By Rebecca O’Brien, Technical Advisor (Historic)
After 10 minutes of jolting down a gravel road, my expectations were at an all-time low. On a pleasant day in April, I was about to visit one of New Zealand’s top heritage sites. Rangihoua Heritage Park awaited – I knew it as the place where New Zealand’s first Christmas was celebrated and as the first place Maori allowed English missionaries to settle. Surely, all that would be left to see after 200 years would be grassy hills and perhaps a nice view? Yet rave reviews of the place on Trip Advisor had piqued my interest.
The visit was motivated by a mission – I was knee-deep in a project to find out what visitors value about New Zealand’s historic places. How could we encourage more tourists and local visitors to our exceptional heritage sites? Cutting-edge research tactics were part of a plan to find out what visitors think about our heritage sites today. The project team would analyse social media posts, use GPS units to create heat maps of the routes visitors took, and carry out traditional surveys and interviews of our web-users and visitors. But for now, I was a visitor myself – and for the first time – what would I uncover?
The sign in the carpark informed me that this place was both a Landmark – a place to learn about New Zealand’s stories – and ‘a place of accord’. I passed between two stately pou and was welcomed into the site through a smooth curve of a building.
The carefully-tended planting gave the entrance a commemorative feel that seemed respectful in this significant valley. I used my phone to access a digital tour that set off a rich deep voice describing the importance of the place to tangata whenua. It seemed extraordinary that, in this isolated place, I should be so carefully looked after.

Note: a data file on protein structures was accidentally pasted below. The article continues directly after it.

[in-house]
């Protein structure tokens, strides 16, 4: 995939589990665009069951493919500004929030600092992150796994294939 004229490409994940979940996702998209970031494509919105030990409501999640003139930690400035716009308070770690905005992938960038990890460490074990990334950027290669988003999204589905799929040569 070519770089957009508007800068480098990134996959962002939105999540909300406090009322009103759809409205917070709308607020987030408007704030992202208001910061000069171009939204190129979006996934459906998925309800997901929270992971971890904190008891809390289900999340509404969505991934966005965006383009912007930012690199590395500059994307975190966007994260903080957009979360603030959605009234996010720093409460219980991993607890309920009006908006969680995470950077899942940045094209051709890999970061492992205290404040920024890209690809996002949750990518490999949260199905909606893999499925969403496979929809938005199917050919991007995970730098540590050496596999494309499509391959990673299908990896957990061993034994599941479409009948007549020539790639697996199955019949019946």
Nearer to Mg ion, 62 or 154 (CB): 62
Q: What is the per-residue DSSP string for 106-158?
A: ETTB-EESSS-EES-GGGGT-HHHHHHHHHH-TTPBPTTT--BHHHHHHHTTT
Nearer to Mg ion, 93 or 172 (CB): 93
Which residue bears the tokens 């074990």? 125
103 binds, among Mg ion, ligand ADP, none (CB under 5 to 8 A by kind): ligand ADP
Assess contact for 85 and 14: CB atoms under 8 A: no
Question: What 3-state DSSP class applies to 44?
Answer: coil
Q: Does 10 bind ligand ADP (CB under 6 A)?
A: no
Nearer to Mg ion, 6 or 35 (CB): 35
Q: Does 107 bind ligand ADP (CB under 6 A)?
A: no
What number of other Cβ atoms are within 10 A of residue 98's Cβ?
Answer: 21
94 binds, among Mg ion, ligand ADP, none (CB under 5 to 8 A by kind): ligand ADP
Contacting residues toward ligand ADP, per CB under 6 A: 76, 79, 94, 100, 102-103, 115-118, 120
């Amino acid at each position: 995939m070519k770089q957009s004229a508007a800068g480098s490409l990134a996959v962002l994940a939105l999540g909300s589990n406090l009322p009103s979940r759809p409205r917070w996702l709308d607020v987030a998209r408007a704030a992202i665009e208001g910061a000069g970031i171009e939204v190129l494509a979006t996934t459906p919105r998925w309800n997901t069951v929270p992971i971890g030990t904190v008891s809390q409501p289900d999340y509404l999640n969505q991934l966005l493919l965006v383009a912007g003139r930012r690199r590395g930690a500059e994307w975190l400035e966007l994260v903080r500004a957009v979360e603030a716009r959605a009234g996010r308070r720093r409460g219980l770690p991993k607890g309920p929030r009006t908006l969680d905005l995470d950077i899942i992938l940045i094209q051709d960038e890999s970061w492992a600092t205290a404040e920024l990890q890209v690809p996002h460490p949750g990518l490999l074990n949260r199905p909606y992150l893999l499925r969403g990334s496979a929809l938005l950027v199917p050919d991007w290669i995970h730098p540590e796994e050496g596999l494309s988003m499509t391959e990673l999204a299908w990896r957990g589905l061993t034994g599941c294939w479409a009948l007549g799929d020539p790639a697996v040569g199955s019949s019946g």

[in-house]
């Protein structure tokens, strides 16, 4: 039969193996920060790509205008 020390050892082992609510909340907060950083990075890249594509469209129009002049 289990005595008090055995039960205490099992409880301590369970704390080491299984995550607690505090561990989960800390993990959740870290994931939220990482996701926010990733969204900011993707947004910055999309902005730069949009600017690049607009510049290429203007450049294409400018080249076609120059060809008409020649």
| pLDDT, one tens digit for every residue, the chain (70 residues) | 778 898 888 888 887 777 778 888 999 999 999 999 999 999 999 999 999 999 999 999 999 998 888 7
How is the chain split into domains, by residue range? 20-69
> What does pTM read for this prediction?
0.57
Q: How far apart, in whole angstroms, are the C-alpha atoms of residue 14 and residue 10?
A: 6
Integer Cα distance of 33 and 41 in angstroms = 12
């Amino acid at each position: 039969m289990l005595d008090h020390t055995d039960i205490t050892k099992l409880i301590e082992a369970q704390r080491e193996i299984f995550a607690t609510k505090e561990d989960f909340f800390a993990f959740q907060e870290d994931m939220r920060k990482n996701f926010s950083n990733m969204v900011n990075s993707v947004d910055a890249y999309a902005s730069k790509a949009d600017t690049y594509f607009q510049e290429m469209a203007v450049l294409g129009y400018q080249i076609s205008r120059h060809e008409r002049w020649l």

Throughout the tour of the valley, I was accompanied by my digital guide and a series of helpful and well-designed signs explaining the landscape. I was particularly taken by the cut-out sign that framed a view of Rangihoua itself – the steep hill that was the preeminent pa in the area. The cut-out sign drew me in and showed me how to see the sites of the houses that had once occupied the sloping sides of the hill.
The path led me inexorably towards the beach and valley floor – towards the site where the first Christmas was celebrated. Best known for the Marsden Cross that has marked the site since 1907, the site was cleverly laid out to help visitors re-imagine the scene that played out there in December 1814 when Samuel Marsden led that first Christmas service.
I left with a much clearer understanding of how the place had shaped and been shaped by those first interactions between Māori and Pākehā – and why, despite the challenges – the place could be described as a place of accord.
After leaving the site, I discovered that the brilliant Rangihoua digital tour and its accompanying website has been nominated for an international ‘Webby’ award – I for one will be voting for it.
You can experience the digital tour for yourself on the Rangihoua Heritage Park website.
Have you visited Rangihoua Heritage Park? We would love to hear about your experience – take our survey and tell us your thoughts.
Rangihoua Heritage Park has been selected for an international Webby Award.
To increase the profile of this amazing place, and of course to help it win a Webby, please vote for the site using the button below.